Developmental psychopathology and public health: past, present, and future.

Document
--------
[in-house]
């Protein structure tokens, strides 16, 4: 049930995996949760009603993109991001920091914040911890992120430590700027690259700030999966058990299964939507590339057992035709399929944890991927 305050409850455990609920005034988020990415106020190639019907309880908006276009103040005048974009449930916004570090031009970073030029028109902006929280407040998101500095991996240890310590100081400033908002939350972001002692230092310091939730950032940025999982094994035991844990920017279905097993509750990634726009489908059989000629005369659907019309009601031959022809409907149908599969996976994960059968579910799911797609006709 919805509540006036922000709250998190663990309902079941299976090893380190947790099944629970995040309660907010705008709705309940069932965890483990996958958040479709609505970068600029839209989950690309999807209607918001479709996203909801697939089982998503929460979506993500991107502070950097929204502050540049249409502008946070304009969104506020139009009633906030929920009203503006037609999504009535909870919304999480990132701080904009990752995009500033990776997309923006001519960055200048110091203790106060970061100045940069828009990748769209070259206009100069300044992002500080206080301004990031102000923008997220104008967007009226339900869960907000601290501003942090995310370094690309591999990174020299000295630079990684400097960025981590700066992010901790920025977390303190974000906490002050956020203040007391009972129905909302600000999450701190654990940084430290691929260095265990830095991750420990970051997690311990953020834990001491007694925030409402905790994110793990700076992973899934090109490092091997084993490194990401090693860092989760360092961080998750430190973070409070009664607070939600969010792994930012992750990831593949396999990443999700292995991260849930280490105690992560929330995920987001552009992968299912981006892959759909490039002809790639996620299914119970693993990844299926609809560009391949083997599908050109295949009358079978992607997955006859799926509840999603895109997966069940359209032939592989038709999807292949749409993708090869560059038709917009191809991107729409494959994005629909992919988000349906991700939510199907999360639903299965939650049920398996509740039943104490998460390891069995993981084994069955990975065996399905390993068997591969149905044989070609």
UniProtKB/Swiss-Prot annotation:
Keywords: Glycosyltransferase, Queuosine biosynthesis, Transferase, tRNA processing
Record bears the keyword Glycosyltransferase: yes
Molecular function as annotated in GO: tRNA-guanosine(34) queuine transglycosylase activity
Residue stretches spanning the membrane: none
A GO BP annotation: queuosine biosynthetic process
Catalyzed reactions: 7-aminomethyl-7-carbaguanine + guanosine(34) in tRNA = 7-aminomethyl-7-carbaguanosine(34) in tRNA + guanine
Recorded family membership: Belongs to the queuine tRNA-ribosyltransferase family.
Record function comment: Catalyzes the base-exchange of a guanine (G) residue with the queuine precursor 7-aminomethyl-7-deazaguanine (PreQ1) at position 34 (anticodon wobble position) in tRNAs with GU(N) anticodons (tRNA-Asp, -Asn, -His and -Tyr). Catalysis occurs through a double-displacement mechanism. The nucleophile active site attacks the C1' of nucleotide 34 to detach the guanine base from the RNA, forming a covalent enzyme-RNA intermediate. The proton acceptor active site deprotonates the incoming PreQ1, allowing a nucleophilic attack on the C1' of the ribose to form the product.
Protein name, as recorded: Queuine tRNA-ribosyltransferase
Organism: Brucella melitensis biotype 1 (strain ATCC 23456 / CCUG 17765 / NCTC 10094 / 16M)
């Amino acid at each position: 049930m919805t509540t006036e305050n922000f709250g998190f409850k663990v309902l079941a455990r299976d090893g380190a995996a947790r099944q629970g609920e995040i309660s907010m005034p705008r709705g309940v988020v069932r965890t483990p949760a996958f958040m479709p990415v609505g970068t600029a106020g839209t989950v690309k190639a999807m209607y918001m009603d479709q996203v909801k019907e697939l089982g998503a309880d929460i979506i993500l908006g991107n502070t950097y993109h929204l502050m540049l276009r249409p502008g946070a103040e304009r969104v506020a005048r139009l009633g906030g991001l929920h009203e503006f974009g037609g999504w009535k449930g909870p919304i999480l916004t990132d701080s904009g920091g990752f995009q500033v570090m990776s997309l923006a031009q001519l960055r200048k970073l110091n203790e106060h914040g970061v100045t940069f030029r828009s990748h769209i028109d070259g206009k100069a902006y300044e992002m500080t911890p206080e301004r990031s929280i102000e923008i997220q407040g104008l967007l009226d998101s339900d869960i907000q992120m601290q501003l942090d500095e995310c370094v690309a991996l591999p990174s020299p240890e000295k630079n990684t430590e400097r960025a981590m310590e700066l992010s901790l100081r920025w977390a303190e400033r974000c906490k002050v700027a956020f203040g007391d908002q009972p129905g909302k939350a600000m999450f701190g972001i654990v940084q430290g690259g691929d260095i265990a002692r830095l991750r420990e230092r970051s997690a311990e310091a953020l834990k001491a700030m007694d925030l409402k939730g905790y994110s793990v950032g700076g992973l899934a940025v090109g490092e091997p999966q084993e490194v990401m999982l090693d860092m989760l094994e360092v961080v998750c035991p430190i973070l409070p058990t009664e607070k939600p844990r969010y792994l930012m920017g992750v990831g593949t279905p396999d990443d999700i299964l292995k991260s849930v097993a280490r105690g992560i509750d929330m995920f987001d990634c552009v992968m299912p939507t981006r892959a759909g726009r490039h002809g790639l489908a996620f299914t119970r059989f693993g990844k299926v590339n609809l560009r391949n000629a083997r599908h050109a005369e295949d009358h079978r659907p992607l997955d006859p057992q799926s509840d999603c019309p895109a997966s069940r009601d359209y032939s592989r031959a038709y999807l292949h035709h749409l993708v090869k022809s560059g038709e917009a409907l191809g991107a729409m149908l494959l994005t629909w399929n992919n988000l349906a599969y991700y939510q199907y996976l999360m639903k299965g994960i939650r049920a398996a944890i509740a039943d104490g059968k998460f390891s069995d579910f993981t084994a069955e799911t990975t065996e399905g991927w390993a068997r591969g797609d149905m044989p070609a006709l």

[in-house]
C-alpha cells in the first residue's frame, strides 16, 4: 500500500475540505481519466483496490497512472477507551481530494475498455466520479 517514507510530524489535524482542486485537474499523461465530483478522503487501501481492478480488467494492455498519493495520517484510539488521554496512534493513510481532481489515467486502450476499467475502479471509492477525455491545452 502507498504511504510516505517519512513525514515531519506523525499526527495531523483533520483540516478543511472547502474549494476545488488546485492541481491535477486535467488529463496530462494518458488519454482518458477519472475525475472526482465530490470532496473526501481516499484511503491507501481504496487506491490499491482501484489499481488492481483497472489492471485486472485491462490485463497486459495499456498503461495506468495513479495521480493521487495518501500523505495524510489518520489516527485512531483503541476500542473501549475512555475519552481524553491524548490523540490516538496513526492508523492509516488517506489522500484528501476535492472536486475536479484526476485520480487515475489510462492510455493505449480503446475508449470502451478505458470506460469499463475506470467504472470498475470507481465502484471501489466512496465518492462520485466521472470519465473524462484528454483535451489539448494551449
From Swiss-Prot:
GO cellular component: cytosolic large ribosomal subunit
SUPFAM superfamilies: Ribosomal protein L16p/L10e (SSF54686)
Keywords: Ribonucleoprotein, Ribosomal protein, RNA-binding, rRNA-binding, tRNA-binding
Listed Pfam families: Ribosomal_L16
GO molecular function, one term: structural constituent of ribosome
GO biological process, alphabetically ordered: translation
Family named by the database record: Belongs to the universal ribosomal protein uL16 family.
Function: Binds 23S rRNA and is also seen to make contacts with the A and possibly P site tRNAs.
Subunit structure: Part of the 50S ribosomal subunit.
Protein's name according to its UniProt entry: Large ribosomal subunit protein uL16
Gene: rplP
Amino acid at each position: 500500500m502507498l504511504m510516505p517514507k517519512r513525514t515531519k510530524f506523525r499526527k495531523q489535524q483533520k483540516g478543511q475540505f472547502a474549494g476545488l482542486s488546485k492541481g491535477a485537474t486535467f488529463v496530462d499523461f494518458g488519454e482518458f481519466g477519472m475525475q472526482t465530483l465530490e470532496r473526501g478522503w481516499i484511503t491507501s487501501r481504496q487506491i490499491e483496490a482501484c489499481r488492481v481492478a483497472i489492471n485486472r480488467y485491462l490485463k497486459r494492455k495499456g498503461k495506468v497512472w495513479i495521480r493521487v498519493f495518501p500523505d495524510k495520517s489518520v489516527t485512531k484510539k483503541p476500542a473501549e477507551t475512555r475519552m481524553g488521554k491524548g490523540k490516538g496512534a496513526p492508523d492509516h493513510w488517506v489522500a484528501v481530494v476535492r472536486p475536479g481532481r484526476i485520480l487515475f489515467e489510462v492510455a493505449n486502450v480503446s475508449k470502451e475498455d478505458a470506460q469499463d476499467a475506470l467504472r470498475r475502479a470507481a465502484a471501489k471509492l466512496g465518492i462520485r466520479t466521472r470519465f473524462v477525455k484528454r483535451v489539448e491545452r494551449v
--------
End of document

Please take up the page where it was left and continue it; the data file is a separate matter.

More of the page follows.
Children's healthy mental development has never been the focus of long-term, committed public health policy in the way that early physical health and development have been. We discuss four types of societal response to illness-cure, care, control, and prevention--and trace the history of public health in terms of its special responsibility to control and prevent disease. We identify four periods in the history of public health: the Sanitarian era (up to 1850), the Bacterial era (1850-1950), the Behavioral era (1950-present), and the Communitarian era (the next century). Looking at this history from the viewpoint of the developmental psychopathology of the first 2 decades of life, we trace progress in public health responses to children with mental illness, from a philosophy of control by isolation toward one of preventive intervention. We examine primary, or universal, prevention strategies that have been tried, and we suggest some that might be worth reconsidering.
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